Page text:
Even at the $68,000 level, most people would consider that a darned good job, especially those out there who are struggling to stay above water and paying the taxes that support these people .  But somehow the teachers seem to think they are being disrespected.  After all, they went to college and sacrificed a great career in business to teach our kids; at least that’s their claim; which of course is a logical fallacy because they have no clue as to whether they would have even been able to hold down a job, let alone have a wonderfully successful career in business, especially since they consistently score among the bottom 10% on the SAT's.
Jon goes on to say in his article that the “district issued $81 million in new debt to pay for the construction of a middle school and renovations of other schools”.  He also points out that although that money can only be used for the stated purpose the “union leaders can smell the fresh cash.”  He quotes “Tracy Linscott, the president of the Strongsville Education Association”, in a radio interview with Bill Wills of WTAM Cleveland”  as using some sort of “legerdemain” in order to hide “money in their five-year forecast,”   He went on to say; “You know, they keep telling us they don’t have money for a fair contract. However, looking at the forecast, in 2012 they ended FY2012 with $2 million more than what they said they would. So how is it that you go from not having money to $2 million? So we feel like they’re kind of manipulating the money within their five year forecast.”
So what is the real story.  Jon goes on to say in his article;
“Actually, the district predicted a narrow $500,000 surplus last year, and ended with a $2 million surplus after holding expenses down by $1.5 million, according to the district’s financial statements. The big picture is much worse, for Strongsville and districts across Ohio, as the pressure from unfunded pension liabilities starts ratcheting up year after year.  The district has little cash, and it’s all spoken for, which is one reason why Moody’s Investors Service has a negative outlook on the district.”
They can’t hide money they don’t have, but more importantly is the issue of “unfunded pension liabilities” that start “ratcheting up year after year.”   In an article I titled, It's For the Children! Baloney! I point out just how out of whack this situation can become.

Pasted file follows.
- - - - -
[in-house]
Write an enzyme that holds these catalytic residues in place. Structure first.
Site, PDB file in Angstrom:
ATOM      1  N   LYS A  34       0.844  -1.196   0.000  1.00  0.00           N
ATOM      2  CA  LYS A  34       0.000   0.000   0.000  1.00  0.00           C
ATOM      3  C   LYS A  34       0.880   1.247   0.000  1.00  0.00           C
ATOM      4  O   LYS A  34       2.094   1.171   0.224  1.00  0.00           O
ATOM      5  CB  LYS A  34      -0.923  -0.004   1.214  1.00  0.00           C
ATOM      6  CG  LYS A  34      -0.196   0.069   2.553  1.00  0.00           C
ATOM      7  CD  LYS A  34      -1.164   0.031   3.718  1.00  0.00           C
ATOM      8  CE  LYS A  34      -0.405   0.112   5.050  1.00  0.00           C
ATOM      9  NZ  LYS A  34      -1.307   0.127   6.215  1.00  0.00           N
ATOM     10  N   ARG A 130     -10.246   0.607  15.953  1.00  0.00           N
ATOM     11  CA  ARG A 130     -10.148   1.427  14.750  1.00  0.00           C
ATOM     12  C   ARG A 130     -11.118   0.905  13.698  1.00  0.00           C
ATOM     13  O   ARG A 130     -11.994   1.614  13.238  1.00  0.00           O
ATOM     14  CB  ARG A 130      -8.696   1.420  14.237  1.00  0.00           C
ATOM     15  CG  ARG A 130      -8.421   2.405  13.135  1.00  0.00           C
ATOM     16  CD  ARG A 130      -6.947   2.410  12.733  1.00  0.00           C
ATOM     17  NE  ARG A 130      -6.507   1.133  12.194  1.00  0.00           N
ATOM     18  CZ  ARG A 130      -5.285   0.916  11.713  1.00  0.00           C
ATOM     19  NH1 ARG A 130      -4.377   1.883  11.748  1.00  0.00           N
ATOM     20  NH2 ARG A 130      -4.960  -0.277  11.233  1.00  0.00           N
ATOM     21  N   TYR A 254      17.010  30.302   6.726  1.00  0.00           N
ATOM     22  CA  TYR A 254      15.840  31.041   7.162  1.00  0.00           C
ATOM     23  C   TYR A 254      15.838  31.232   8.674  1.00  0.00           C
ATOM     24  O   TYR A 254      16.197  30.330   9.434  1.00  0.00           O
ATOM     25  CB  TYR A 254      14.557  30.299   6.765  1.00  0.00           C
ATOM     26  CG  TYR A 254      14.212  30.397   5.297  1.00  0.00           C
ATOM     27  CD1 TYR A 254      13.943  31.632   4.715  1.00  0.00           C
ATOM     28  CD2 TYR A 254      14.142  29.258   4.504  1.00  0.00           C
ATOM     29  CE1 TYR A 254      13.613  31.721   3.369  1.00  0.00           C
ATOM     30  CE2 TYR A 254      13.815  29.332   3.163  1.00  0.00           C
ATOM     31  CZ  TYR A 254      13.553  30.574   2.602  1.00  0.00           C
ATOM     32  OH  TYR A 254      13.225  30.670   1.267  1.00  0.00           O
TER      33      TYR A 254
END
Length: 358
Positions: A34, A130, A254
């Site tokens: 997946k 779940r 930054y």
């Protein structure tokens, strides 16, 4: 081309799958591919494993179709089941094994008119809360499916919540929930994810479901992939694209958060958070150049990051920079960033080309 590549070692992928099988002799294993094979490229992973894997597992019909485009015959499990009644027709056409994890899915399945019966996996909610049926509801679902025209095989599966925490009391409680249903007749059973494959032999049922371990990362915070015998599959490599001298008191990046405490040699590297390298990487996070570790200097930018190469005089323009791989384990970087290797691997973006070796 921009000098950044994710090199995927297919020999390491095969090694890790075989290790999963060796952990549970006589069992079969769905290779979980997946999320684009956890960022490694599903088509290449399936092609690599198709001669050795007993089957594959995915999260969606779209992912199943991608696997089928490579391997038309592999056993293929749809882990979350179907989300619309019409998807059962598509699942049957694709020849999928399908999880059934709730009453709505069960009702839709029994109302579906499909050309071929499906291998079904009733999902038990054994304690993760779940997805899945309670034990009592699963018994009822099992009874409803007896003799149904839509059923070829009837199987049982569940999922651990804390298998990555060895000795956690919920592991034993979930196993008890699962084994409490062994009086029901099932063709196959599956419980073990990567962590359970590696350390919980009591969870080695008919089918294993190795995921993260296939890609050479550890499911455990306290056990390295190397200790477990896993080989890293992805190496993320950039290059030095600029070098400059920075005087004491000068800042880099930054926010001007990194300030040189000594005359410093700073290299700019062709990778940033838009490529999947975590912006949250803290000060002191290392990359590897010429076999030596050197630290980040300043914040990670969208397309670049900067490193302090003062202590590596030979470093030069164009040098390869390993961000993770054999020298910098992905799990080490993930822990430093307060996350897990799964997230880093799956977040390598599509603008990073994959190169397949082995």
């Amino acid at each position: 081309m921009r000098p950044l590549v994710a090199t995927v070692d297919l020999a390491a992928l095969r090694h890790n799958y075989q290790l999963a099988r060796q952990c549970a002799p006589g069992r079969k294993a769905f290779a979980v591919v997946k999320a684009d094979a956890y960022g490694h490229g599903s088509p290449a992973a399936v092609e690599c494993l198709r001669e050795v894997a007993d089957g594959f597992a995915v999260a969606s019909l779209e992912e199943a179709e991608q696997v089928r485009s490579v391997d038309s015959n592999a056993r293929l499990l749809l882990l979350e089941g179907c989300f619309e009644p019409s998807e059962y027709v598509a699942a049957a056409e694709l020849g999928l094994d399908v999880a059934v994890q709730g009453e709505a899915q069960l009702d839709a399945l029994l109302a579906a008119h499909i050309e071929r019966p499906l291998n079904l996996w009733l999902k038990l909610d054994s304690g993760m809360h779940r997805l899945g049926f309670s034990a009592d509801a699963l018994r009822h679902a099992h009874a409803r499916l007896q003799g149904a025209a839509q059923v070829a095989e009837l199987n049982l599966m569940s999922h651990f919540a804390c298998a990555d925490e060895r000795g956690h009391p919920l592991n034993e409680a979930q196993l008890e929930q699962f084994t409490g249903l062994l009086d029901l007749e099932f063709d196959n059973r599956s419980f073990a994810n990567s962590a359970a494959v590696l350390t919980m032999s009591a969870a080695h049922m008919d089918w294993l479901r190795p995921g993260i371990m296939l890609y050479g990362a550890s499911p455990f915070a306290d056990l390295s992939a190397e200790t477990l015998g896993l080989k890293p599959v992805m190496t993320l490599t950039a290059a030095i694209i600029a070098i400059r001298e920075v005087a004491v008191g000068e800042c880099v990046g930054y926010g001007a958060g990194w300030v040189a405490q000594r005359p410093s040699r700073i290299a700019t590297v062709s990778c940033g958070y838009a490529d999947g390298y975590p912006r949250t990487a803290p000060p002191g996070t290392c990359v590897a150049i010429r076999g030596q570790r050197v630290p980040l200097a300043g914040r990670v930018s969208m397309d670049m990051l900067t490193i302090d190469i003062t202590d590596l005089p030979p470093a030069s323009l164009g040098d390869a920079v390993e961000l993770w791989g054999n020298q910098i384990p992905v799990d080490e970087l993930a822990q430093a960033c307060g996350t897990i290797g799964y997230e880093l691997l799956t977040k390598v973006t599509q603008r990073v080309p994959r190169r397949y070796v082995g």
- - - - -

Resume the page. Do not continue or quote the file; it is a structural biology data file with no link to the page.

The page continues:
"In an article by Tim Gantert entitled “Teacher upset she can’t retire at 47” he outlines how a teacher by the name of Terri List from Saginaw Township, Michigan “says she would tell her students not to become a teacher in Michigan.” Why? Because she is outraged that she won’t be able to retire at age 47 and earn $60,000 a year....for doing nothing. Furthermore that figure “would increase 3 percent a year and she would get health benefits when she retired at age 60”. It might be worth noting that with the three percent increases in her retirement package (assuming that percent of increase never changes) she will be receiving $85,545.65 a year “and benefits”...for doing nothing by age 60.

However, we need to understand the miracle of compound interest, of which the negotiators of these contracts were clearly totally and unforgivably ignorant. How much will she be receiving by age 80? This of course is presuming that she lives that long, and today that isn’t an unreasonable expectation. That $85,545.65 would skyrocket to $133,277.34 a year….plus benefits..... for doing nothing.

(Note: I calculated all the figures at $45.000, $60,000 and $90,000 since the higher figure was an earning expectation and the lower figure was a reasonable assumption of initial earnings based on what was stated, although that initial figure may have been even smaller making this whole scenario even worse, and the middle figure is what was stated as to what she would earn retired in her first year at age 47.)

Currently she earns ….as an English teacher…… “between $70,000 and $80,000 a year depending upon her level of education and it’s likely List would make more than $90,000 with 3% pay increases over the next 15 years. I think we can reasonable to assume she didn’t start out at this salary, and she probably didn’t start teaching until after college, or around the age of 22. If she were to retire at 47 she would have worked for the Saginaw Township system for 25 years. If she lives to be 80 she will collect from the system for 33 years. If she started out at 45,000 a year; (I chose $45,000 a year based on her statement that they could hire two teachers to replace her and save money) and worked her way to 90,000 a year, and the raises averaged around three percent that means she would have earned around $1,689.000,000 during her entire working career for the system.